FILE - In this April 12, 2011, file photo, Medicare Administrator Donald Berwick gestures during an interview with The Associated Press in Washington. People targeted by health care distortions say the attacks can accomplish two things: turning an individual into a pariah, and shutting down legitimate consideration of new ideas. Berwick, President Barack Obama's first Medicare chief, said he was never able to overcome the label of “rationer-in-chief” pinned on him by GOP critics of the health law, no matter how often he said he was against rationing. (AP Photo/J. David Ake)

Associated Press
FILE - In this April 12, 2011, file photo, Medicare Administrator Donald Berwick gestures during an interview with The Associated Press in Washington. People targeted by health care distortions say the attacks can accomplish two things: turning an individual into a pariah, and shutting down legitimate consideration of new ideas. Berwick, President Barack Obama's first Medicare chief, said he was never able to overcome the label of “rationer-in-chief” pinned on him by GOP critics of the health law, no matter how often he said he was against rationing. (AP Photo/J. David Ake)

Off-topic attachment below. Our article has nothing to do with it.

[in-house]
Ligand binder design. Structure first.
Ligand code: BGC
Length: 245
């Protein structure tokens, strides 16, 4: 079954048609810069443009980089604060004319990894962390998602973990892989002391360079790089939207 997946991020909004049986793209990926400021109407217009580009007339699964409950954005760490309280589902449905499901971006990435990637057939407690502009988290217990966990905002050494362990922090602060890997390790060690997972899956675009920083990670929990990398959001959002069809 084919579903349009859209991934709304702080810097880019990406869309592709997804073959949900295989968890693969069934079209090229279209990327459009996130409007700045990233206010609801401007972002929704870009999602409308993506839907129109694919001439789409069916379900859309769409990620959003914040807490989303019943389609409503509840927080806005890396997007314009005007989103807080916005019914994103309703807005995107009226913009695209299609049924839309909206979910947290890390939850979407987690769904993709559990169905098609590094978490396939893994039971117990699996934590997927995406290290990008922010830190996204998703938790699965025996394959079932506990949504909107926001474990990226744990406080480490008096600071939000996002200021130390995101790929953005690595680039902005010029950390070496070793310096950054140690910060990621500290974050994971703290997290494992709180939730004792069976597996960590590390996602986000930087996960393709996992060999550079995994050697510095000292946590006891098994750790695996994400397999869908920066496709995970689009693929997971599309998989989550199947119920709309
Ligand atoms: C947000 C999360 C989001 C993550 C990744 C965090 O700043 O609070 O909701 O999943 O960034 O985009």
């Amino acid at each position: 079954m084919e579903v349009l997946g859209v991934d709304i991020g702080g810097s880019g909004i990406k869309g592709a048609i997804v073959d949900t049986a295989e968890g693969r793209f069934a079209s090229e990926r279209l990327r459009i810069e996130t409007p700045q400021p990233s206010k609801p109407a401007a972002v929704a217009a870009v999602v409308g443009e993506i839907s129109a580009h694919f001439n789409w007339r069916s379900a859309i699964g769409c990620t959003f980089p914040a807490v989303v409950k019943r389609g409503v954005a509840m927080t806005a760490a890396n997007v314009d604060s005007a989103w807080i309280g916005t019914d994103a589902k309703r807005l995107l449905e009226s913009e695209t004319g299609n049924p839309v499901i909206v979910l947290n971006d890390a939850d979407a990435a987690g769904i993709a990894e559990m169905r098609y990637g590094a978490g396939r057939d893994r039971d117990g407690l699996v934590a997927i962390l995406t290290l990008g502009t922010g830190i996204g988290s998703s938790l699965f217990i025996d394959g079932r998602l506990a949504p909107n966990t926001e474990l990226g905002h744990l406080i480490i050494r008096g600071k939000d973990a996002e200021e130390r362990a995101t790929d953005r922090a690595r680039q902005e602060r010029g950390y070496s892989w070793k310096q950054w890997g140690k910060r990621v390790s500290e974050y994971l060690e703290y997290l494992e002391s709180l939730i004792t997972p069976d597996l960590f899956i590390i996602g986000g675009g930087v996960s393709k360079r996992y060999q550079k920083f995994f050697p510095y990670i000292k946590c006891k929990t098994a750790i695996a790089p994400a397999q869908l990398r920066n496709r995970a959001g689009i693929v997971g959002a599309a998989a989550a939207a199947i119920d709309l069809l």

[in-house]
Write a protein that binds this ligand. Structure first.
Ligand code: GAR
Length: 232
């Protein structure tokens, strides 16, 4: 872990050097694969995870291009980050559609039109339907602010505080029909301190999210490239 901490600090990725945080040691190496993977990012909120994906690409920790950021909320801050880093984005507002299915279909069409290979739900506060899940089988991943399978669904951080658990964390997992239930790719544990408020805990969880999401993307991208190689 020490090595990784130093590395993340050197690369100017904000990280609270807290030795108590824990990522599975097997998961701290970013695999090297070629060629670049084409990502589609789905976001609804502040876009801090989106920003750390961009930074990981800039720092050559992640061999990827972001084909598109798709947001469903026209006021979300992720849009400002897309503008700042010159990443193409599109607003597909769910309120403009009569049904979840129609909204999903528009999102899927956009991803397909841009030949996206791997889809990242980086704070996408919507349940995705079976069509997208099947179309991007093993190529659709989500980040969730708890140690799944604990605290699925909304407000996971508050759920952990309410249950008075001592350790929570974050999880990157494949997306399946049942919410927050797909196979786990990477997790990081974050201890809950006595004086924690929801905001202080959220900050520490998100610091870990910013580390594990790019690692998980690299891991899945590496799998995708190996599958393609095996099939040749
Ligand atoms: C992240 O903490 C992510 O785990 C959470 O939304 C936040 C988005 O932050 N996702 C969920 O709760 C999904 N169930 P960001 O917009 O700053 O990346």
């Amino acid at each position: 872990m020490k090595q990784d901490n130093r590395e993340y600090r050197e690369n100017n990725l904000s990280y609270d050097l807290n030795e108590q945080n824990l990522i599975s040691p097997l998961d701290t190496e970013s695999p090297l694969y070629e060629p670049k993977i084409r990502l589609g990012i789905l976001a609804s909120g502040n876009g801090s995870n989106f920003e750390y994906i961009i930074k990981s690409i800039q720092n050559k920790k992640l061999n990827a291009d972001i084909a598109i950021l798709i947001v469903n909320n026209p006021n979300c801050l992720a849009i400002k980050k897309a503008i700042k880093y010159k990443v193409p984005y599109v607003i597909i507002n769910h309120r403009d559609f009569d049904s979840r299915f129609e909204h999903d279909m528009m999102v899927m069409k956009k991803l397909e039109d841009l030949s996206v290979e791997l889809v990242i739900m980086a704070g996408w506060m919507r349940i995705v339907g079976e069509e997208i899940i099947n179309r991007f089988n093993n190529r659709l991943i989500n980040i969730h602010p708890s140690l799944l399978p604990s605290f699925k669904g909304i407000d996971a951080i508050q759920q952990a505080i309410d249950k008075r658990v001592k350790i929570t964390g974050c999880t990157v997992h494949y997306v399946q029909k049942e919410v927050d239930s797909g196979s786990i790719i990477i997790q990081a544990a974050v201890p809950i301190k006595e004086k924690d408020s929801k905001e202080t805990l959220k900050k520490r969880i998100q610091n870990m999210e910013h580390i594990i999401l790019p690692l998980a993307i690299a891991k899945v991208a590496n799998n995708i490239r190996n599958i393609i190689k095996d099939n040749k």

FILE - In this April 12, 2011, file photo, Medicare Administrator Donald Berwick gestures during an interview with The Associated Press in Washington. People targeted by health care distortions say the attacks can accomplish two things: turning an individual into a pariah, and shutting down legitimate consideration of new ideas. Berwick, President Barack Obama's first Medicare chief, said he was never able to overcome the label of “rationer-in-chief” pinned on him by GOP critics of the health law, no matter how often he said he was against rationing. (AP Photo/J. David Ake)
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